User: subbu Topic: Climate Change
Category: Impacts :: Ecosystems
Last updated: Jan 20 2018 18:23 IST RSS 2.0
 
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Droughts can kill deep-rooted tree species more 20.1.2018 Hindu: S & T
The deepest water compartments that dried up during the drought took longer to recharge
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2017 sees warmest ocean on record: CAS 19.1.2018 General News
The temperature of oceans in 2017 reached a record high, putting the marine ecosystems in jeopardy, the Chinese Academy of Sciences (CAS) said. Compared to 2015, the extra heat in the upper two kilometres of sea water across the globe in 2017 was 700 times the energy China's electricity used in 2016, the CAS said in a report. The Atlantic and Antarctic oceans warmed up the fastest, as warming has already taken place in most of the other seas, state-run Xinhua news agency quoted the report as saying. The marine ecosystems remain in jeopardy as a result, with coral reefs and the creatures that live on them threatened, researchers at the institute said. The expansion caused by warming contributes to rising of sea levels, while more sea ice and ice shelves will melt and ocean currents will be affected. The heat content of the ocean is a key indicator of climate change. Due to its high specific heat capacity, sea water contains the main signals, as it stores 90 percent of the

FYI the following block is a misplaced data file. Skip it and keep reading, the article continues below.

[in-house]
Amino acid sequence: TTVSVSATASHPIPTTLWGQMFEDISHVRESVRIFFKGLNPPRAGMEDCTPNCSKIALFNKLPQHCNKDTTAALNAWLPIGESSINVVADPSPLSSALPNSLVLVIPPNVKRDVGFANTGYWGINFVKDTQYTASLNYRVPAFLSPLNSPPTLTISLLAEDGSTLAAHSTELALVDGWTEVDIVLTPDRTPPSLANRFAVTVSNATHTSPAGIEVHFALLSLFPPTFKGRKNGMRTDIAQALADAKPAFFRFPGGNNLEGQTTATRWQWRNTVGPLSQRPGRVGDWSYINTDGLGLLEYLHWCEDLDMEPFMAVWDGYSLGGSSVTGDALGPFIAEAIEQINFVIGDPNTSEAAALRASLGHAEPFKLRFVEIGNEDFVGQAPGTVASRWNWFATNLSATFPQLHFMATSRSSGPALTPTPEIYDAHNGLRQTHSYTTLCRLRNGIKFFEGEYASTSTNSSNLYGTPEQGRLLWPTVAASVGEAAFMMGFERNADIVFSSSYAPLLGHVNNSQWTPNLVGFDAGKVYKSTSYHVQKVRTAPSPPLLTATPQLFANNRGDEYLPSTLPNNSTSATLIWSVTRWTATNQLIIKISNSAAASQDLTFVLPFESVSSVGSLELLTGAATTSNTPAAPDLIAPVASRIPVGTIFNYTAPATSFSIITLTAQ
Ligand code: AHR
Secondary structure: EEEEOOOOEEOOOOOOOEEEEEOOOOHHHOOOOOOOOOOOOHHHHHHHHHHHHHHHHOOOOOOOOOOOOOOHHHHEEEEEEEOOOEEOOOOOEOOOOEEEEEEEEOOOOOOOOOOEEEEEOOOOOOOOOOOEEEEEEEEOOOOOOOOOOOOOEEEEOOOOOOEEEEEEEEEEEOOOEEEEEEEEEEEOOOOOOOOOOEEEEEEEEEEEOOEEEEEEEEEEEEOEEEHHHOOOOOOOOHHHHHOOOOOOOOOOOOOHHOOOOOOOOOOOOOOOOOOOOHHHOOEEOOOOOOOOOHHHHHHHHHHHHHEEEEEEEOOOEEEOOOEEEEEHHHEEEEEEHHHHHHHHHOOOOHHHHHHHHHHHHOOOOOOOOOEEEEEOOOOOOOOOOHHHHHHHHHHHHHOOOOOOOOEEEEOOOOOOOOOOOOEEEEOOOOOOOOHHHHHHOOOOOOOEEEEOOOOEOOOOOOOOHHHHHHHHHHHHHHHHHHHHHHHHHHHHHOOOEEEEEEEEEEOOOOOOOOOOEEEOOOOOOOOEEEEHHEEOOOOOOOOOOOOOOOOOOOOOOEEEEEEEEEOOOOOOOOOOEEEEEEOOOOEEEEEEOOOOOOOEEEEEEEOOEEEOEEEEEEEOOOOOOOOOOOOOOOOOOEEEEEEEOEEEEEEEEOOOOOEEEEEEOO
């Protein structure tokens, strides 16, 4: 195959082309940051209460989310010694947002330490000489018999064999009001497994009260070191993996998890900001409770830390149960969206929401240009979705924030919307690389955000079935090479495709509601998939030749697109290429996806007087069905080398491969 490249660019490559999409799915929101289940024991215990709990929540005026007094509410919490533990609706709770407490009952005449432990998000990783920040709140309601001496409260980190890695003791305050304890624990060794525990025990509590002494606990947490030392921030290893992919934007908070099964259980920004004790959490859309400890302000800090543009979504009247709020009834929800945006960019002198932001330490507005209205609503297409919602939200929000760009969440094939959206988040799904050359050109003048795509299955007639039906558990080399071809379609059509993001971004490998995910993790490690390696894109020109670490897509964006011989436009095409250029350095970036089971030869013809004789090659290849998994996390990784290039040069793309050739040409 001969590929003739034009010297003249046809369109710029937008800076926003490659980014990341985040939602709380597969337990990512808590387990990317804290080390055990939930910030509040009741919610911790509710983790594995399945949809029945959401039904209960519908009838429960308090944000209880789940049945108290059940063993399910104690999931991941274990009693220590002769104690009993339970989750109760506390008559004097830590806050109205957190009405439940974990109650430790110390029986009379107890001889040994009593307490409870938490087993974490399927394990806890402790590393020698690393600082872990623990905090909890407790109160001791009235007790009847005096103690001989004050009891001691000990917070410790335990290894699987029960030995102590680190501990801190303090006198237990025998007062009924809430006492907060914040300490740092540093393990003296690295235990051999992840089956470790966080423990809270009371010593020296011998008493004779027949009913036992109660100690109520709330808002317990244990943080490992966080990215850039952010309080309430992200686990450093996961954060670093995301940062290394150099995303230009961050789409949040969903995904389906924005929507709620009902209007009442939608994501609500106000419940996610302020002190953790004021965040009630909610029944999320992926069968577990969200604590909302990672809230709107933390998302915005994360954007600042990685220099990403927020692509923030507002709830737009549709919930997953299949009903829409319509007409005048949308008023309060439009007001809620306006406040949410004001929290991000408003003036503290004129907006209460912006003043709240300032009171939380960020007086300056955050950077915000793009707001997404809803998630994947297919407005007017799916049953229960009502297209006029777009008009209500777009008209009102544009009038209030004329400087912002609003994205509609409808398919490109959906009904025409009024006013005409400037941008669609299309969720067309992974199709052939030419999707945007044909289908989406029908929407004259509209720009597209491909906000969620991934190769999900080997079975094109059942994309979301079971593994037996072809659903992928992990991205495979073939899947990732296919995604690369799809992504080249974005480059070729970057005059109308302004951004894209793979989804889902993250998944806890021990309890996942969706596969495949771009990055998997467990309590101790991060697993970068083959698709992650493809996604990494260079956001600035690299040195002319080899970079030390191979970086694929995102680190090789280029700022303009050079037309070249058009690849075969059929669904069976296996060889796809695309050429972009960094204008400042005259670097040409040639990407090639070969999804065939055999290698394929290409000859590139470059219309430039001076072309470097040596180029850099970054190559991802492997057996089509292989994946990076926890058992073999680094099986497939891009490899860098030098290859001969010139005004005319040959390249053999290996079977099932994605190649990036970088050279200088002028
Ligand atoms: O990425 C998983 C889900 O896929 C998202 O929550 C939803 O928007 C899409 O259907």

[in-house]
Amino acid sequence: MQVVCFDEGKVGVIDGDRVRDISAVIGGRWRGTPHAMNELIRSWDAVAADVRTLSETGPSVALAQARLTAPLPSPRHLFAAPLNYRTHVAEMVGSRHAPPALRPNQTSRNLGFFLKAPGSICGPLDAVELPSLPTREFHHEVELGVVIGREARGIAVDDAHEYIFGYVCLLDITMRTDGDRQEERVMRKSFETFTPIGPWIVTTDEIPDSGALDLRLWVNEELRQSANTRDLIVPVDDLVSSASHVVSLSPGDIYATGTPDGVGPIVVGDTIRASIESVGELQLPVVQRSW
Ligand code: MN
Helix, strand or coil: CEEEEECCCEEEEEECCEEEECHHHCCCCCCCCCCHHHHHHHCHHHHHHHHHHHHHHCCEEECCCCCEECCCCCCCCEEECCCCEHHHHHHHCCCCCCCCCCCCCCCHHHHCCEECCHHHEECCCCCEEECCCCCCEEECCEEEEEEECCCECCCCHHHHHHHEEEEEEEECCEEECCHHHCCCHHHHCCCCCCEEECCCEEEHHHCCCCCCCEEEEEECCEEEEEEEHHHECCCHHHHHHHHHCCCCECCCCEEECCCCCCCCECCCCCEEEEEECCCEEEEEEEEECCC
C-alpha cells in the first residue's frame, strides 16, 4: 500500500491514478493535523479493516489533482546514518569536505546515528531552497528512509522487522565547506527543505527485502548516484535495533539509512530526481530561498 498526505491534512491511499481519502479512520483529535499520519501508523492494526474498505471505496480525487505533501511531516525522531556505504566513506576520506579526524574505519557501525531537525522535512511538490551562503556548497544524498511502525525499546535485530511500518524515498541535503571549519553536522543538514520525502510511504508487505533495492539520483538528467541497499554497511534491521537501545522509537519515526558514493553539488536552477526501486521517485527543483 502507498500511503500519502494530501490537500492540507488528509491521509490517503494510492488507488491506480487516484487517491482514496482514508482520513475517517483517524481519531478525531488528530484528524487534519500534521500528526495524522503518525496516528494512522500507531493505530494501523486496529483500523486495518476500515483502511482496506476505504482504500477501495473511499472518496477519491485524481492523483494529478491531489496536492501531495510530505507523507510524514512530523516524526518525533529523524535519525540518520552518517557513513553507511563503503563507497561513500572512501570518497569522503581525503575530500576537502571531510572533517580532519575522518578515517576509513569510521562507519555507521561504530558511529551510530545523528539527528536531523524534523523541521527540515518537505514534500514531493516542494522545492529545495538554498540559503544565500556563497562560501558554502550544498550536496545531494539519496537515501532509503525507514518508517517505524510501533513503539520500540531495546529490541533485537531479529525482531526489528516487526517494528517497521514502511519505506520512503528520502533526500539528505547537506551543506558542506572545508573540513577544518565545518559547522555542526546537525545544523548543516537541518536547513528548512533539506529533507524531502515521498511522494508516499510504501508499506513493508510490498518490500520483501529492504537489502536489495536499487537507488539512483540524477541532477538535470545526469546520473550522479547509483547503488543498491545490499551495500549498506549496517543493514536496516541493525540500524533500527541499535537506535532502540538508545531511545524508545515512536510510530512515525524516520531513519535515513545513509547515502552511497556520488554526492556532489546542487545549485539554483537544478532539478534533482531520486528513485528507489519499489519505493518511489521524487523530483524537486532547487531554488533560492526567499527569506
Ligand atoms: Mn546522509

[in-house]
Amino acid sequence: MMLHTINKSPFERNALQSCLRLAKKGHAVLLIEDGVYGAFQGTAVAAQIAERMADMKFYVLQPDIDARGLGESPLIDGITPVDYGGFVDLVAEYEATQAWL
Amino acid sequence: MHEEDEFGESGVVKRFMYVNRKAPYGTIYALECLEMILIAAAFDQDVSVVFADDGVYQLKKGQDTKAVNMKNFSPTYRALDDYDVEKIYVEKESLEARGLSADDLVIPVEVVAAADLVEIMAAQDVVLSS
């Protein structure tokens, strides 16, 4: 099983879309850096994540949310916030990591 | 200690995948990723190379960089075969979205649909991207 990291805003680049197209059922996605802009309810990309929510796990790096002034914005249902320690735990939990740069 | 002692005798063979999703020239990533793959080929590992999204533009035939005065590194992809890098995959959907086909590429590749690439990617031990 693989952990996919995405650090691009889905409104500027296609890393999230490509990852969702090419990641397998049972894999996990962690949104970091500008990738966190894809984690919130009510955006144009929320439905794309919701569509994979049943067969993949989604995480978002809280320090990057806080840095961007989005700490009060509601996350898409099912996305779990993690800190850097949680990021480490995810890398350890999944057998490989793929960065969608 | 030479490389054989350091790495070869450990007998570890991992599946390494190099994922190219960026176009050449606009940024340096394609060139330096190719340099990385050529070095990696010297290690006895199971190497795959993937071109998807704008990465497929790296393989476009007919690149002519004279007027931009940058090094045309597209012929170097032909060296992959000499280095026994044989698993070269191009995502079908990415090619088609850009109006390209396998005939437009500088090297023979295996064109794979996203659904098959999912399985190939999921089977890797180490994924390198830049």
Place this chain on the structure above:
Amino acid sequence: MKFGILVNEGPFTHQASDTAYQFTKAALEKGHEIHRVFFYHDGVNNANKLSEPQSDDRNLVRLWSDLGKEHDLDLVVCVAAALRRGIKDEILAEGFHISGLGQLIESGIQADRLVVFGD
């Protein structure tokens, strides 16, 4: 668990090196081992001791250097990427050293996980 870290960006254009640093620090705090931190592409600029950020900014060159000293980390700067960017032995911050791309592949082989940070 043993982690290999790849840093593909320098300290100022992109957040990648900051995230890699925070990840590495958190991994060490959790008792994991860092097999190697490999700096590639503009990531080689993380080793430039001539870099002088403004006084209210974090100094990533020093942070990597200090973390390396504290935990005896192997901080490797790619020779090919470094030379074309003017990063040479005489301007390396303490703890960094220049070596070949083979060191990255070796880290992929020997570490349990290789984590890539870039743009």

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‘Socialism a necessity for human survival’ 17.1.2018 FrontLine: Politics
Interview with John Bellamy Foster, Editor of Monthly Review. By JIPSON JOHN and JITHEESH P.M.
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Call to protect prime elephant habitats 17.1.2018 Hindu: News
Technical workshop on elephant conservation held
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Mumbai Gets a Flamingo Sanctuary as Trade-Off for Trans-Harbour Sea-Link 16.1.2018 The Wire

When a new highway had to cut through mudflats where flamingos come in, the quid pro quo by the Maharashtra government was to notify a flamingo sanctuary.

The post Mumbai Gets a Flamingo Sanctuary as Trade-Off for Trans-Harbour Sea-Link appeared first on The Wire.